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Emergency Shutdown Valve Sizing Sheet

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#1 usama.iqbal


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Posted 10 January 2019 - 08:19 AM

Hi fellows,


Hope you all are fine.


I seek your opinions on the following query:  I am procuring a 12" emergency shut down valve that should be a full port, ball valve and used for on/off service.  I have asked to vendor to provide me with a sizing sheet of this valve and he has turned down by saying  "There is no need for a sizing sheet on an emergency shut down valve ".


Kindly advise me if there is any need/significance for an ESDV sizing sheet for this specification.

#2 fallah


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Posted 10 January 2019 - 09:11 AM

Hi Usama.


When you have already sized the relevant line along with an full port ESDV is to be placed, appears vendor response is reasonable.  Among the main characteristics of an ESDV for which the relevant vendor should provide the info are: the stroke time (from full open to full close position and vice versa) and the maximum shut off pressure the valve can tolerate without considerable leakage both are related to relevant actuator design and sizing.

#3 Art Montemayor

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Posted 10 January 2019 - 10:36 AM



As usual, Fallah is absolutely correct when sizing an emergency shutdown valve for routine, normal emergencies.  However, some of my personal experience indicates that you should also be advised that the important item to always bear in mind is - What is the Emergency you are expecting?  You have failed to tell us that significant point that is the heart of the total application for a total venting of process material.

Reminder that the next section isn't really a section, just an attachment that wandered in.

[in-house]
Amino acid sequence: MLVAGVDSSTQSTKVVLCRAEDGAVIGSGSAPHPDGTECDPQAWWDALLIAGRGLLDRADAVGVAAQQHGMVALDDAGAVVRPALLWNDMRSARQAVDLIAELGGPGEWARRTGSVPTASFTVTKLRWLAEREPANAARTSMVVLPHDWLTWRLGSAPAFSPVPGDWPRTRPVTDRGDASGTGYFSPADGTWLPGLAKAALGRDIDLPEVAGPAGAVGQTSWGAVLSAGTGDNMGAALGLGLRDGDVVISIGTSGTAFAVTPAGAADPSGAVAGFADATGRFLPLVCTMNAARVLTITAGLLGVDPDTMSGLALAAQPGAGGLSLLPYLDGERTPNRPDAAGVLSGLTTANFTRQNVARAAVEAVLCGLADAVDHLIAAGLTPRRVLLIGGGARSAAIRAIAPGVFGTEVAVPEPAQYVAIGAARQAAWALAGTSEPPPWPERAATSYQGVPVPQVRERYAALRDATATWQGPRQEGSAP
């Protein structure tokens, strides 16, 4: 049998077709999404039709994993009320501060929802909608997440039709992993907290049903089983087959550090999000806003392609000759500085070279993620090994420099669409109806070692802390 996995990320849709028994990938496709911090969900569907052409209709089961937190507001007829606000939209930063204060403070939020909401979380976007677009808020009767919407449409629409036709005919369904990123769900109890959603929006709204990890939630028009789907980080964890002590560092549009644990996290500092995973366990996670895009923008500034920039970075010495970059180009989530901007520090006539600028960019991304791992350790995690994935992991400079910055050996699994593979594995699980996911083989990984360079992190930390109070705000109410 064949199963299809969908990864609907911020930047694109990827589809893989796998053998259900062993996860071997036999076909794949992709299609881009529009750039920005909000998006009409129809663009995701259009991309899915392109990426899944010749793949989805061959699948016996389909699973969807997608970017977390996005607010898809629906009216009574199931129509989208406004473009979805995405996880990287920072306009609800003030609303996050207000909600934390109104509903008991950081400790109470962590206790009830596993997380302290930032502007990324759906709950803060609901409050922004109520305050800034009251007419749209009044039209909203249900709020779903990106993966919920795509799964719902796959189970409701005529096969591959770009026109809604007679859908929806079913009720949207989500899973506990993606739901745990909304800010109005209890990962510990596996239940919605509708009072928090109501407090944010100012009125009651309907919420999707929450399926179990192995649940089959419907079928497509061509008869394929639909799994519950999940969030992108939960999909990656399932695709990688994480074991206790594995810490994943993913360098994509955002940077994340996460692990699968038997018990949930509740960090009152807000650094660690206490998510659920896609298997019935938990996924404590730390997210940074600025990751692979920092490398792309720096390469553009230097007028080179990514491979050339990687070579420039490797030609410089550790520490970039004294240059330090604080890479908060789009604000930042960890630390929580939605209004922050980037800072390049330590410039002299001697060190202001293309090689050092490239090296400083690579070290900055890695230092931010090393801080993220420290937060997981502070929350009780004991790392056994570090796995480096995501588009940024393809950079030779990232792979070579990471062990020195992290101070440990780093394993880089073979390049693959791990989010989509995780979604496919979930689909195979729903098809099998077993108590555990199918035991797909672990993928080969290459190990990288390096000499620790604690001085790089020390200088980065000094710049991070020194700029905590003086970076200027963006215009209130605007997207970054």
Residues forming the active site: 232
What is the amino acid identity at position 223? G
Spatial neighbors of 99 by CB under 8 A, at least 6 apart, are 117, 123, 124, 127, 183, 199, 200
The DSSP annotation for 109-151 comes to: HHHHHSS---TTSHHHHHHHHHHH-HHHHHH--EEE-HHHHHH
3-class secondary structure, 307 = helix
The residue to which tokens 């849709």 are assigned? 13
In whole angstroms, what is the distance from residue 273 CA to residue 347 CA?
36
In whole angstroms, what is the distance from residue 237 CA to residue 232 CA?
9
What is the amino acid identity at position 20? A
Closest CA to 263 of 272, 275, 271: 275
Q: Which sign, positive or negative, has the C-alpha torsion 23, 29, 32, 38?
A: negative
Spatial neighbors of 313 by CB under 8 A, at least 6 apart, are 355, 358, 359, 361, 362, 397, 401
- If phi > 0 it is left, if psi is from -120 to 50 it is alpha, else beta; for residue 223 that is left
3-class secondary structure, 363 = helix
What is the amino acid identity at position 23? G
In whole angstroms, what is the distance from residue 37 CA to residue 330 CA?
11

For example, if you have a process involving a reaction or a possible spontaneous decomposition of material it is extremely important that you have your process lines (and valves) sized for the eventual flow rate expected from such an "emergency".  The emergency that I am assuming (and probably Fallah as well) that you mean is some process upset not related to such an event, but rather to something like a process over pressure or power failure that gives you reason to quickly shutdown your process and vent it immediately for safety precaution.  For that type of emergency Fallah is completely correct.  The size of the related piping (12") has already been determined or calculated correctly (I assume this has been done and documented), so the size of the correct ESDV has been fixed.  But if there is a possibility of any generation of vapors or matter in your process over and above those normally expected as noted in your documented calculations, than YOU need to furnish any valve vendor with that information in a Specification Sheet.


When I was a process engineer many years ago, I followed the rule that if the involved process was a Unit Operation, the flows did not change from that indicated in the calculated total mass balance.  However, if the operation involved a Unit Process, then there was cause to worry about excessive flow rates.  So it is important to define the type of expected emergency shutdown.

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